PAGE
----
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Science & the Public

Aspiring to Save the Planet

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Last month, the U.S. National Academy of Sciences and 12 counterparts in other nations jointly called on world leaders who would be attending the G-8 Summit in Japan, this week, “to limit the threat of climate change.” Well, those leaders did pledge to do something — just not much.


Our President and his fellow attendees “embraced for the first time . . . an ambitious but nonbinding goal of slashing greenhouse-gas emissions in half by mid-century,” according to an Associated Press account in today’s paper. But what good is a nonbinding goal? It sounds like a Christmas wish list.


These leaders should have issued some moral-equivalent-of-war imperative (to borrow from Jimmy Carter) promising that the world’s biggest, richest, and most polluting nations (all of which were represented at the meeting) would absolutely cut emissions dramatically, come hell or high water.

I know, with the exception of the United States, all G-8 members (which also include Canada, France, Germany, Italy, Japan, Russia, and the United Kingdom) have signed onto the Kyoto Protocol. And this United Nations treaty mandates greenhouse-gas-emissions reductions. However, the reductions required are country specific and small — less than 10 percent below a nation’s 1990 emissions. And the deadline: Four from years from now.


The European Union has promised to do more: cut its emissions 20 percent below 1990 values within the next 12 years. The EU also offered to go further —drop its members’ greenhouse-gas emissions 30 percent below 1990 values by 2030, but if and only if other industrialized nations (read Uncle Sam) would too. To date, the United States has not committed itself to any firm cuts.


Another gimp in the G-8’s announced stride towards slowing climate change is the putative date this group offered for achieving its emissions drop — mid-century. That isn’t nearly soon enough to reliably stave off some pretty dire climatic changes, according to the Intergovernmental Panel on Climate Change. This august body of scientists, who’ve pored over the data to understand just how much wiggle room we might have in timetables for halting devastation, suggests a turnaround in emissions rates must be achieved much sooner. In fact, it has said that emissions growth must be halted within the next decade, and actual drops in emissions must follow immediately afterward.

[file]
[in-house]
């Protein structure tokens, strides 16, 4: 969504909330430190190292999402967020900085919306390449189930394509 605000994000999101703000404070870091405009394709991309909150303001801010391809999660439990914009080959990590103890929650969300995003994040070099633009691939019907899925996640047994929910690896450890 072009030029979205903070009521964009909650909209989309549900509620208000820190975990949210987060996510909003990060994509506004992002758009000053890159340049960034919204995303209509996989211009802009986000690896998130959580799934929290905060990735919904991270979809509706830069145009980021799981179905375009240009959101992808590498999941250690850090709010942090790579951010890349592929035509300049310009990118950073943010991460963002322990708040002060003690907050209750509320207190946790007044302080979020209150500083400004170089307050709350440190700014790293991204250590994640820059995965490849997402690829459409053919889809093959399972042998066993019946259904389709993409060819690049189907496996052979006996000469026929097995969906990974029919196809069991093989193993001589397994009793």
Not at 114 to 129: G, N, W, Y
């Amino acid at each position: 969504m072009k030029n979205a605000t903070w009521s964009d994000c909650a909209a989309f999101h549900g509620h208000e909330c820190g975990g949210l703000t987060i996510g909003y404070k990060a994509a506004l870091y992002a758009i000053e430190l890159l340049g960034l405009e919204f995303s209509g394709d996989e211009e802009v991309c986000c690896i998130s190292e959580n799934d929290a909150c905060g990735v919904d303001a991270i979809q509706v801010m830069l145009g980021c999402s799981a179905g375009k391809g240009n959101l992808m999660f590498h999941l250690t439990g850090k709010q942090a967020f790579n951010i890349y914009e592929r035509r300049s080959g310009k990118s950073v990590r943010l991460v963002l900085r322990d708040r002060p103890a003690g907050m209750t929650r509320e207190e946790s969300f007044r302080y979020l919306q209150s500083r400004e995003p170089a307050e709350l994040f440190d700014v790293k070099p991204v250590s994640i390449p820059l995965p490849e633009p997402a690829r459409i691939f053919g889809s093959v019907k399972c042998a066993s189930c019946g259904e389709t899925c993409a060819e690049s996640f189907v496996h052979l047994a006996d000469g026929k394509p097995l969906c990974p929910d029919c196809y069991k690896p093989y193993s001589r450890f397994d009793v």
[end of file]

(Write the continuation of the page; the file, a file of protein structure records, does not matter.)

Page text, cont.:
Another major question mark is what the G-8’s aspirational goal of halving emissions is meant to connote. Is it, as the Kyoto Protocol requires, a drop in the quantity of emissions as compared to what each nation had spewed in 1990? Or a drop to a level 50 percent below current emissions, which would allow a much higher rate of pollution to continue?


Oh, and then there is the issue of which emissions will be tackled. The G-8’s unstated implication is that the proposed emissions drops would only cover those greenhouse gases regulated under the Kyoto treaty (carbon dioxide, methane, nitrous oxide, sulfur hexafluoride, hydrofluorocarbons, and perfluorocarbons). Yet it would make sense to also include any pollutant with a strong greenhouse-warming potential that is emitted in large quantities — such as the nitrogen trifluoride widely used to make flat-screen TVs and computers. Details on this currently unregulated greenhouse gas, with a global-warming potency some 17,000 times that of carbon dioxide, appear in a June 26 paper in Geophysical Research Letters.


Tsk tsk . . . all these are just details to be ironed out.


Big details, actually. Ones slated to be negotiated through the UN Framework Convention on Climate Change. This group’s next meeting takes place this fall, in Poland. At last year’s UNFCCC meeting, its negotiators pledged they would reach some agreement on a successor treaty to the Kyoto Protocol, which is essential because that treaty’s key provisions on emissions-reduction targets and timetables expire at the end of 2012.


Meanwhile the Arctic melts, California risks getting hotter and drier, and crops will probably continue to fail throughout much of Africa and Asia.


We need someone to step in and really shake things up. Someone with no strong allegiance to a particular nation or political ideology. (I know that sounds like some bureaucrat who’d come from the United Nations, except that the UN actually is a very political body.)


What we need is a czar — or czarina — whose foremost allegiance is to the health of the planet and its diverse inhabitants. Anyone care to submit nominees?

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